Encrypted login | home

Program Information

Identifying Prognostic Imaging Biomarkers in Early Stage Lung Cancer Using Radiomics

no image available
X Zeng

X Zeng1*, J Wu2 , Y Cui3 , H Gao4 , R Li5 , (1) Shanghai Jiao Tong University, Shanghai, Shanghai, (2) Stanford University , Palo Alto, CA, (3) Stanford University, Palo Alto, CA, (4) Shanghai Jiao Tong University, Boston, MA, (5) Stanford University, Palo Alto, CA


SU-F-R-24 (Sunday, July 31, 2016) 3:00 PM - 6:00 PM Room: Exhibit Hall

Patients diagnosed with early stage lung cancer have favorable outcomes when treated with surgery or stereotactic radiotherapy. However, a significant proportion (~20%) of patients will develop metastatic disease and eventually die of the disease. The purpose of this work is to identify quantitative imaging biomarkers from CT for predicting overall survival in early stage lung cancer.

In this institutional review board-approved HIPPA-compliant retrospective study, we retrospectively analyzed the diagnostic CT scans of 110 patients with early stage lung cancer. Data from 70 patients were used for training/discovery purposes, while those of remaining 40 patients were used for independent validation. We extracted 191 radiomic features, including statistical, histogram, morphological, and texture features. Cox proportional hazard regression model, coupled with the least absolute shrinkage and selection operator (LASSO), was used to predict overall survival based on the radiomic features.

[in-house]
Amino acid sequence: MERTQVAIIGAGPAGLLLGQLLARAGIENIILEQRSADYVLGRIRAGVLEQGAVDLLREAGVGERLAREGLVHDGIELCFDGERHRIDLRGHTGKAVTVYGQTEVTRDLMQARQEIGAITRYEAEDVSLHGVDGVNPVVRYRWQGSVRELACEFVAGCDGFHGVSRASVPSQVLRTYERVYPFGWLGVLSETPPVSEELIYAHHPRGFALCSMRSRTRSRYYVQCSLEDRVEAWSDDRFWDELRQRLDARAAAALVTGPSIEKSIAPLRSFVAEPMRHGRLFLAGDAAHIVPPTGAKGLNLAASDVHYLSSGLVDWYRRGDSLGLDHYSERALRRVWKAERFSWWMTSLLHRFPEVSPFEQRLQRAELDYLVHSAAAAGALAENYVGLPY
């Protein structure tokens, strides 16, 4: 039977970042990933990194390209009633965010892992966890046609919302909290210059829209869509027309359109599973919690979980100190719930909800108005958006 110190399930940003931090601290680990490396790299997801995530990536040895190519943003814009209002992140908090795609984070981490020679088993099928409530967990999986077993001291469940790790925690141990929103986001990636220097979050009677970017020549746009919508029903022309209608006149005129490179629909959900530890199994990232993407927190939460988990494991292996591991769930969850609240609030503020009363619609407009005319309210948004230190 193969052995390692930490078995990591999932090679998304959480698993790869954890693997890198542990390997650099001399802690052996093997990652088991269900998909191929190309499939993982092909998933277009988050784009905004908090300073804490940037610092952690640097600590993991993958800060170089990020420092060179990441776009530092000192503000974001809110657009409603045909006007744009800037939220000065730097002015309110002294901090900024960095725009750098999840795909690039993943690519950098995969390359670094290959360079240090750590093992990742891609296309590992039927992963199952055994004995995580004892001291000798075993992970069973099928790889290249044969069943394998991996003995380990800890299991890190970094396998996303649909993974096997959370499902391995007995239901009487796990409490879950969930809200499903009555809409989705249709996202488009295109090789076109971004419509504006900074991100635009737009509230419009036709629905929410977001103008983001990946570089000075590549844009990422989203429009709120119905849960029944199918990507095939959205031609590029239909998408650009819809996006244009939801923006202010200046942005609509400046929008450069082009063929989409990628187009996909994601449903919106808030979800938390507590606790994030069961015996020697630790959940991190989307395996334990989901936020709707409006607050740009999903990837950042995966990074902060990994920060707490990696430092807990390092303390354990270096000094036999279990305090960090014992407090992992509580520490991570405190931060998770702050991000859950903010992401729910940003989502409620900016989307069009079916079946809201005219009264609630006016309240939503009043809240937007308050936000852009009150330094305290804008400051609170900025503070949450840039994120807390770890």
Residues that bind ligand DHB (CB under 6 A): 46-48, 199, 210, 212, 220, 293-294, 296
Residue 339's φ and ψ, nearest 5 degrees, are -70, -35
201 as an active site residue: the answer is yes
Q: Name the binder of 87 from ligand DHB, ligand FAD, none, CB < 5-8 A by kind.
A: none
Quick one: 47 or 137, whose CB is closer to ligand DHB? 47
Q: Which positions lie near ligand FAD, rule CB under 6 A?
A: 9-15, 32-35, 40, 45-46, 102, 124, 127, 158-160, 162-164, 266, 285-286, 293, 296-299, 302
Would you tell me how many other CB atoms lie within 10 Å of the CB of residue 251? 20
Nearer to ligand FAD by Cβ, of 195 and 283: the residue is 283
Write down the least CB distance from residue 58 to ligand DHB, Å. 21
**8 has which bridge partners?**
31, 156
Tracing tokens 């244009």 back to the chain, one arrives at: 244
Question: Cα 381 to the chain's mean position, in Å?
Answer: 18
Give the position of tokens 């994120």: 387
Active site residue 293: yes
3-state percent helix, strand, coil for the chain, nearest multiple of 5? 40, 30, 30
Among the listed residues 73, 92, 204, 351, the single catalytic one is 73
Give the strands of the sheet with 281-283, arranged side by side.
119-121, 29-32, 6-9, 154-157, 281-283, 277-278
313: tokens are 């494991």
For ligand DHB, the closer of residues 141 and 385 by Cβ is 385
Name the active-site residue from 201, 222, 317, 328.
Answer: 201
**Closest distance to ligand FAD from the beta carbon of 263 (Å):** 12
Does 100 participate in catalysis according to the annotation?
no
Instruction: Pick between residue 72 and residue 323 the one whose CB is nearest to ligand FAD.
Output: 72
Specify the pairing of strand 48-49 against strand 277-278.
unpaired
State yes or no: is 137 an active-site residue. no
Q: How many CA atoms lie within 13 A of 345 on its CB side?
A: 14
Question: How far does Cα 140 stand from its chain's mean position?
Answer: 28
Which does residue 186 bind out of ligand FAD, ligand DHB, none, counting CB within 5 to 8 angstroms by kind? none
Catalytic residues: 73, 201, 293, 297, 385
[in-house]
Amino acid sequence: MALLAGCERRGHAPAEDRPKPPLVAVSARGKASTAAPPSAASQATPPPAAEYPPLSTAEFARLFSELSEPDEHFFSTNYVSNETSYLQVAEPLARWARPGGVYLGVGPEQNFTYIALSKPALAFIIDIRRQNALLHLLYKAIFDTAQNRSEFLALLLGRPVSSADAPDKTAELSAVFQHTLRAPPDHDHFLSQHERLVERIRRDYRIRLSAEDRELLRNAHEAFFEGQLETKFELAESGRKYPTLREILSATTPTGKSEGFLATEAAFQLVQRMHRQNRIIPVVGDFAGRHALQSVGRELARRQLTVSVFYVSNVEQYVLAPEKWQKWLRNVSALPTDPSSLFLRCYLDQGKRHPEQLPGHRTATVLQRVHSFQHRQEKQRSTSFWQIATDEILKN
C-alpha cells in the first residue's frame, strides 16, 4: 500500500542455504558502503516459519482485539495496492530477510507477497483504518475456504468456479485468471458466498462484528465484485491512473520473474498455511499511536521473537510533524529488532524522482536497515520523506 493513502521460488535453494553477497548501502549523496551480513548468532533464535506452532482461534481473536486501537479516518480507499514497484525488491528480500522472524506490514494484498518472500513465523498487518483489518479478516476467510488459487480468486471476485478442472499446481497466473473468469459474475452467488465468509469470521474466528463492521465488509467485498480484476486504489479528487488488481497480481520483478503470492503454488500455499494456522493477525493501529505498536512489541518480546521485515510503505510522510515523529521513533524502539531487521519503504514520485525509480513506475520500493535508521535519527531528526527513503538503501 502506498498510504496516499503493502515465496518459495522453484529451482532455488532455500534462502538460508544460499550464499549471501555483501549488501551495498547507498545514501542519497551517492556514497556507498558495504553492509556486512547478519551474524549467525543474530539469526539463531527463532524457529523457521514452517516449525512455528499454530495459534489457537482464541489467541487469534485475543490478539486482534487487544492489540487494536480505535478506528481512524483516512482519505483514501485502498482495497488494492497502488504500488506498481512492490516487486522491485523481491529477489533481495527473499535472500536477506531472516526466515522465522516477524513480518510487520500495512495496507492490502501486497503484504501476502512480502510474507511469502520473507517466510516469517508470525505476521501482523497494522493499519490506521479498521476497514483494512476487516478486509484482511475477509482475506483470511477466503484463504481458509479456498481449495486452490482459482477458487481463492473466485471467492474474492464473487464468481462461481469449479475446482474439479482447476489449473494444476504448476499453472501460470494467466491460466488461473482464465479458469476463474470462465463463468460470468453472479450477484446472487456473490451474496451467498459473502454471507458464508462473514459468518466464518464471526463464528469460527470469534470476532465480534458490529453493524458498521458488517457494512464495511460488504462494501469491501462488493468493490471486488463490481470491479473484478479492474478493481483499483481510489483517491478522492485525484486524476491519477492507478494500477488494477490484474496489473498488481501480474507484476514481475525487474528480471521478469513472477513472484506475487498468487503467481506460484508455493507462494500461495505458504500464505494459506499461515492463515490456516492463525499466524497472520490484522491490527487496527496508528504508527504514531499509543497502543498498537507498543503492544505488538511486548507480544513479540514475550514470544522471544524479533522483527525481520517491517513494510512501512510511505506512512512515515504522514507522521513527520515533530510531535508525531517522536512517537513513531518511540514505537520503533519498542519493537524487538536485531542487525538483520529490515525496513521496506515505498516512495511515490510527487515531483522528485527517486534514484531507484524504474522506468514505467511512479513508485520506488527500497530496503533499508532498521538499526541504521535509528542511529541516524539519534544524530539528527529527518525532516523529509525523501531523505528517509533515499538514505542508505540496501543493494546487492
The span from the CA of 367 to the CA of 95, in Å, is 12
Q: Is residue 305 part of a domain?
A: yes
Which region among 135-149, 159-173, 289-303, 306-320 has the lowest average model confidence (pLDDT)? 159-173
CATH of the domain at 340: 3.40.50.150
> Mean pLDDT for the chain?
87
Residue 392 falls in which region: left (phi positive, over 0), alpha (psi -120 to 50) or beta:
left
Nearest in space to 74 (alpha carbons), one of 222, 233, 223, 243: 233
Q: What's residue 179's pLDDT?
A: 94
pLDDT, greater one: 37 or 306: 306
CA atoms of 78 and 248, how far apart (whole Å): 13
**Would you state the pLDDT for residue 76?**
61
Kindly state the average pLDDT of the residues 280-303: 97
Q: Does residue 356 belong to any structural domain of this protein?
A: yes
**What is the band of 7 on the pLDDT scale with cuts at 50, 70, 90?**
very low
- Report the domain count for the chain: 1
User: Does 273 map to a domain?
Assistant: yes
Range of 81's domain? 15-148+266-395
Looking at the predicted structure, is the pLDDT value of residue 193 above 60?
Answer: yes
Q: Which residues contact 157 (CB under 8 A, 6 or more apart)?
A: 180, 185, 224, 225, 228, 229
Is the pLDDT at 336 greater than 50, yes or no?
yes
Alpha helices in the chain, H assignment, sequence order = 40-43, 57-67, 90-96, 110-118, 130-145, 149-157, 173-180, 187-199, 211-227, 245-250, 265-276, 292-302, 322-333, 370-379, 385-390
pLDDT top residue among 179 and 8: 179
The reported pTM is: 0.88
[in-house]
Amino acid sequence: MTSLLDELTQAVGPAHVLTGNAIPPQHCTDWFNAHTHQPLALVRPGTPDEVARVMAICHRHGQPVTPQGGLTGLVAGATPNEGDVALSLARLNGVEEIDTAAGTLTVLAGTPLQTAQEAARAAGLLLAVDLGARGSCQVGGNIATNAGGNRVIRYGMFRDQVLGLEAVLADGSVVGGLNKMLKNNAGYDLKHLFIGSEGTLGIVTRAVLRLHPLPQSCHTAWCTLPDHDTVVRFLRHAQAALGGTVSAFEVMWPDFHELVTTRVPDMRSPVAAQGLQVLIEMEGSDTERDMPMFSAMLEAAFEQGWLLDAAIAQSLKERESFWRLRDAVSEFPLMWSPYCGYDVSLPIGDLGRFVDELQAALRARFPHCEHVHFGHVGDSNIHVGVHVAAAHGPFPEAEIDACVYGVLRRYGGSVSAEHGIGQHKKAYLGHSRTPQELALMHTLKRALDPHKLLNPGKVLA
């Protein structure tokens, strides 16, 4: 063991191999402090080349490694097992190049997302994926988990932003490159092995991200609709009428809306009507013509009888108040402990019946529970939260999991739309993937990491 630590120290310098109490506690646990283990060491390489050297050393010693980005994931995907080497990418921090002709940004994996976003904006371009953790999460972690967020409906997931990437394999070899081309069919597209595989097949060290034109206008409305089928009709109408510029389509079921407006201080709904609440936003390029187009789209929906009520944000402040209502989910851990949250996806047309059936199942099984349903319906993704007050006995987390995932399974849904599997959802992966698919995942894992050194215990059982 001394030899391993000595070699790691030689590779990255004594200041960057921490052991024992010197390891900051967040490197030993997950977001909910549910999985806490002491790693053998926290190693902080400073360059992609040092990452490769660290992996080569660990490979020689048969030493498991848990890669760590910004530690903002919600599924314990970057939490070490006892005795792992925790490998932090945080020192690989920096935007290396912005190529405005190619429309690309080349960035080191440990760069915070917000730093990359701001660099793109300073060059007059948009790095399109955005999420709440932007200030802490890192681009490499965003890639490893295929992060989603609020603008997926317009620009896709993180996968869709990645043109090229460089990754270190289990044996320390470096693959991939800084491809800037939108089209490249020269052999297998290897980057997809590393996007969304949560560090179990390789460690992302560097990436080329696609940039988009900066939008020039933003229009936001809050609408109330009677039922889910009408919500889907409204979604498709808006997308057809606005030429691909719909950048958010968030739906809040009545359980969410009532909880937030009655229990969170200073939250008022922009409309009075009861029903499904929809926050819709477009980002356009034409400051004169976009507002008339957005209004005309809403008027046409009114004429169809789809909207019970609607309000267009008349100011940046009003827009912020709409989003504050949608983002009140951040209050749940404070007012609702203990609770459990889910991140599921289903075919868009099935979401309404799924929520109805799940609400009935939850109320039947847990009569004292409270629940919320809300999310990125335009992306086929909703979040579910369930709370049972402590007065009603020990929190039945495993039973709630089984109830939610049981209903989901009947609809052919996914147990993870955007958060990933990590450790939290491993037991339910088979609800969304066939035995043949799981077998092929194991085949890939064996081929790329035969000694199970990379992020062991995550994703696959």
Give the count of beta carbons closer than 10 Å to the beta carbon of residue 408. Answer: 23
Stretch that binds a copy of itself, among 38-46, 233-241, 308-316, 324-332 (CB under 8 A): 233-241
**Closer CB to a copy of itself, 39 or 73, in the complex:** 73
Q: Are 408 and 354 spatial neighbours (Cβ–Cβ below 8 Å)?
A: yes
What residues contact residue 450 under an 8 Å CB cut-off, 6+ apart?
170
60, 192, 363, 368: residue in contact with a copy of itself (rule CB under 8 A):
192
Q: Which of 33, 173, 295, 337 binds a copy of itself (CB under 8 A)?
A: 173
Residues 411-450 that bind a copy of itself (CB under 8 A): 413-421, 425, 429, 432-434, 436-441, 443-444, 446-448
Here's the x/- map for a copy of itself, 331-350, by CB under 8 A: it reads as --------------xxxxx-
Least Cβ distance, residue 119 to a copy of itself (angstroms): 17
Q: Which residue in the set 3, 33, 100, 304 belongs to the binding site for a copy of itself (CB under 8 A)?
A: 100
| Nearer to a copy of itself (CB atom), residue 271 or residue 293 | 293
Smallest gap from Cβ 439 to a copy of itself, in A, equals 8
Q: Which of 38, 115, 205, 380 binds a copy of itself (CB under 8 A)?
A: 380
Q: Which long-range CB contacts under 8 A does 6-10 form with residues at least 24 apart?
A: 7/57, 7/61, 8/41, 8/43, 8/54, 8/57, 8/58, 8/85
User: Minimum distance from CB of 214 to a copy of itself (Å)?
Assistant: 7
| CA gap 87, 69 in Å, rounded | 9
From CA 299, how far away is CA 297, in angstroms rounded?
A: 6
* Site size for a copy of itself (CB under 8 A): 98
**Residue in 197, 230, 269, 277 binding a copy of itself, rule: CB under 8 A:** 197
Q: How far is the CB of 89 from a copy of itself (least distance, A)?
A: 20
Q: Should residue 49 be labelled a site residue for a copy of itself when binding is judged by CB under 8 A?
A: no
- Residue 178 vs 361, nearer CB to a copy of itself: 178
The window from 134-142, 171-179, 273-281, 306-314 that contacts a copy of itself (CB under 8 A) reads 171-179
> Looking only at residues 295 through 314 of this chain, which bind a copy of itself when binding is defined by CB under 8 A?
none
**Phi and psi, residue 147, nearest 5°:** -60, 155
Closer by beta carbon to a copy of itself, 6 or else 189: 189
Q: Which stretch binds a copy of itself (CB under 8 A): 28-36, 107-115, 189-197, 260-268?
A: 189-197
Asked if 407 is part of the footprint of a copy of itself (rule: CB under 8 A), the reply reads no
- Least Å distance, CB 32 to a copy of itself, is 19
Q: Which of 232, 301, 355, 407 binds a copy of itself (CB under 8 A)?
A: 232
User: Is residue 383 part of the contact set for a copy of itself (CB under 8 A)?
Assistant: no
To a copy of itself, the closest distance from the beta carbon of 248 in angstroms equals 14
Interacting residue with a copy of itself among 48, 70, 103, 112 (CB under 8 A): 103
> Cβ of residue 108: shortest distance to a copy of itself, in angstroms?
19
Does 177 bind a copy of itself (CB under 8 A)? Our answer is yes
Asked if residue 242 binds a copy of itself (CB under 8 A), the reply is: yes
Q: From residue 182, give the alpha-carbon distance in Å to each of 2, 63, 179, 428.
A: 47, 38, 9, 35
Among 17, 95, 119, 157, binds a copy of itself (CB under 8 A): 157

The optimal prognostic model included three image features from the Law’s feature and wavelet texture. In the discovery cohort, this model achieved a concordance index or CI=0.67, and it separated the low-risk from high-risk groups in predicting overall survival (hazard ratio=2.72, log-rank p=0.007). In the independent validation cohort, this radiomic signature achieved a CI=0.62, and significantly stratified the low-risk and high-risk groups in terms of overall survival (hazard ratio=2.20, log-rank p=0.042).

We identified CT imaging characteristics associated with overall survival in early stage lung cancer. If prospectively validated, this could potentially help identify high-risk patients who might benefit from adjuvant systemic therapy.

Contact Email: